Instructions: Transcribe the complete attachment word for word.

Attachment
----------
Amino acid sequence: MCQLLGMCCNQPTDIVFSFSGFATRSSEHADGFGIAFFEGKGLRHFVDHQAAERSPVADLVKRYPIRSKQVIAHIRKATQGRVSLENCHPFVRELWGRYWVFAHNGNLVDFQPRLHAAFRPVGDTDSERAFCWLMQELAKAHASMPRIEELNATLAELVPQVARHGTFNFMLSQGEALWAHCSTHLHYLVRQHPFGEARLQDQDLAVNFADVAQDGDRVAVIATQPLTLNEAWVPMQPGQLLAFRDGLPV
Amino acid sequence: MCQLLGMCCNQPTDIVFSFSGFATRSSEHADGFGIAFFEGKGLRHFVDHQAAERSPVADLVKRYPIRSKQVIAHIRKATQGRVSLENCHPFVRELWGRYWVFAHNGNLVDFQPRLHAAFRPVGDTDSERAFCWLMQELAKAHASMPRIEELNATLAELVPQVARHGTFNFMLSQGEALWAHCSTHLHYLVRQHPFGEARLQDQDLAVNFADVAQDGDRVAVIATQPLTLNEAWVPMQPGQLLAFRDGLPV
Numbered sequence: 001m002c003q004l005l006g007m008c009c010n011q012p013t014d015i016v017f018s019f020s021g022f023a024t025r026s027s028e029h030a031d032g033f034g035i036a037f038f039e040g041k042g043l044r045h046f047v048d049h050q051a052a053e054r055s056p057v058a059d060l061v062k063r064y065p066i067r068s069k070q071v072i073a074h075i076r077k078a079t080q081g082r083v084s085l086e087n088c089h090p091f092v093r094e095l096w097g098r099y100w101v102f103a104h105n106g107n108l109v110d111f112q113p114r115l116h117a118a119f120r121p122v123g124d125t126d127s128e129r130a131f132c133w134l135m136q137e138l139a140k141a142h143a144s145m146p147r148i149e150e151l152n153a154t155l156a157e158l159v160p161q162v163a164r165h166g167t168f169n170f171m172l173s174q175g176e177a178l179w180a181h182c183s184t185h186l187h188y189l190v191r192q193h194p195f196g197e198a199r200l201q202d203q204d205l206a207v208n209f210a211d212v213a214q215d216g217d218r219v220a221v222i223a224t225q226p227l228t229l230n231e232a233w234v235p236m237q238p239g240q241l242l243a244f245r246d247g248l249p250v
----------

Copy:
Amino acid sequence: MCQLLGMCCNQPTDIVFSFSGFATRSSEHADGFGIAFFEGKGLRHFVDHQAAERSPVADLVKRYPIRSKQVIAHIRKATQGRVSLENCHPFVRELWGRYWVFAHNGNLVDFQPRLHAAFRPVGDTDSERAFCWLMQELAKAHASMPRIEELNATLAELVPQVARHGTFNFMLSQGEALWAHCSTHLHYLVRQHPFGEARLQDQDLAVNFADVAQDGDRVAVIATQPLTLNEAWVPMQPGQLLAFRDGLPV
Amino acid sequence: MCQLLGMCCNQPTDIVFSFSGFATRSSEHADGFGIAFFEGKGLRHFVDHQAAERSPVADLVKRYPIRSKQVIAHIRKATQGRVSLENCHPFVRELWGRYWVFAHNGNLVDFQPRLHAAFRPVGDTDSERAFCWLMQELAKAHASMPRIEELNATLAELVPQVARHGTFNFMLSQGEALWAHCSTHLHYLVRQHPFGEARLQDQDLAVNFADVAQDGDRVAVIATQPLTLNEAWVPMQPGQLLAFRDGLPV
Numbered sequence: 001m002c003q004l005l006g007m008c009c010n011q012p013t014d015i016v017f018s019f020s021g022f023a024t025r026s027s028e029h030a031d032g033f034g035i036a037f038f039e040g041k042g043l044r045h046f047v048d049h050q051a052a053e054r055s056p057v058a059d060l061v062k063r064y065p066i067r068s069k070q071v072i073a074h075i076r077k078a079t080q081g082r083v084s085l086e087n088c089h090p091f092v093r094e095l096w097g098r099y100w101v102f103a104h105n106g107n108l109v110d111f112q113p114r115l116h117a118a119f120r121p122v123g124d125t126d127s128e129r130a131f132c133w134l135m136q137e138l139a140k141a142h143a144s145m146p147r148i149e150e151l152n153a154t155l156a157e158l159v160p161q162v163a164r165h166g167t168f169n170f171m172l173s174q175g176e177a178l179w180a181h182c183s184t185h186l187h188y189l190v191r192q193h194p195f196g197e198a199r200l201q202d203q204d205l206a207v208n209f210a211d212v213a214q215d216g217d218r219v220a221v222i223a224t225q226p227l228t229l230n231e232a233w234v235p236m237q238p239g240q241l242l243a244f245r246d247g248l249p250v